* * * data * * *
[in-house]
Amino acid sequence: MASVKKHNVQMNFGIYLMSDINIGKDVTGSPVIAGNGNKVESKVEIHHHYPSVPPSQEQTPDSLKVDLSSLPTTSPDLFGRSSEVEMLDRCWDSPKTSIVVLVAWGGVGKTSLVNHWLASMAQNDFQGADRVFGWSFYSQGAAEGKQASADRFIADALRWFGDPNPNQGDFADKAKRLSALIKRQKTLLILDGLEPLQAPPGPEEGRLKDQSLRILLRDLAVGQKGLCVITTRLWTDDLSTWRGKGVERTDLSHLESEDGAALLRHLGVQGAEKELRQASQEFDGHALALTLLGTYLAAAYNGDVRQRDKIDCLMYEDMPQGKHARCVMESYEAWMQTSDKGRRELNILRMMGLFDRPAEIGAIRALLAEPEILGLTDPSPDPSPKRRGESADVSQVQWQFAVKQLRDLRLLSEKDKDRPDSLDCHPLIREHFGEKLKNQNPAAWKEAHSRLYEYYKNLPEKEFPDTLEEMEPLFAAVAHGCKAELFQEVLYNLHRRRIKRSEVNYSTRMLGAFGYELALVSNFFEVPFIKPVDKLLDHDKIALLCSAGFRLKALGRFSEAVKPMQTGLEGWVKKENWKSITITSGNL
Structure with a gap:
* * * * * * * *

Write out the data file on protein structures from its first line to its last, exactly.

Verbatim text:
[in-house]
Amino acid sequence: MASVKKHNVQMNFGIYLMSDINIGKDVTGSPVIAGNGNKVESKVEIHHHYPSVPPSQEQTPDSLKVDLSSLPTTSPDLFGRSSEVEMLDRCWDSPKTSIVVLVAWGGVGKTSLVNHWLASMAQNDFQGADRVFGWSFYSQGAAEGKQASADRFIADALRWFGDPNPNQGDFADKAKRLSALIKRQKTLLILDGLEPLQAPPGPEEGRLKDQSLRILLRDLAVGQKGLCVITTRLWTDDLSTWRGKGVERTDLSHLESEDGAALLRHLGVQGAEKELRQASQEFDGHALALTLLGTYLAAAYNGDVRQRDKIDCLMYEDMPQGKHARCVMESYEAWMQTSDKGRRELNILRMMGLFDRPAEIGAIRALLAEPEILGLTDPSPDPSPKRRGESADVSQVQWQFAVKQLRDLRLLSEKDKDRPDSLDCHPLIREHFGEKLKNQNPAAWKEAHSRLYEYYKNLPEKEFPDTLEEMEPLFAAVAHGCKAELFQEVLYNLHRRRIKRSEVNYSTRMLGAFGYELALVSNFFEVPFIKPVDKLLDHDKIALLCSAGFRLKALGRFSEAVKPMQTGLEGWVKKENWKSITITSGNL
Structure with a gap: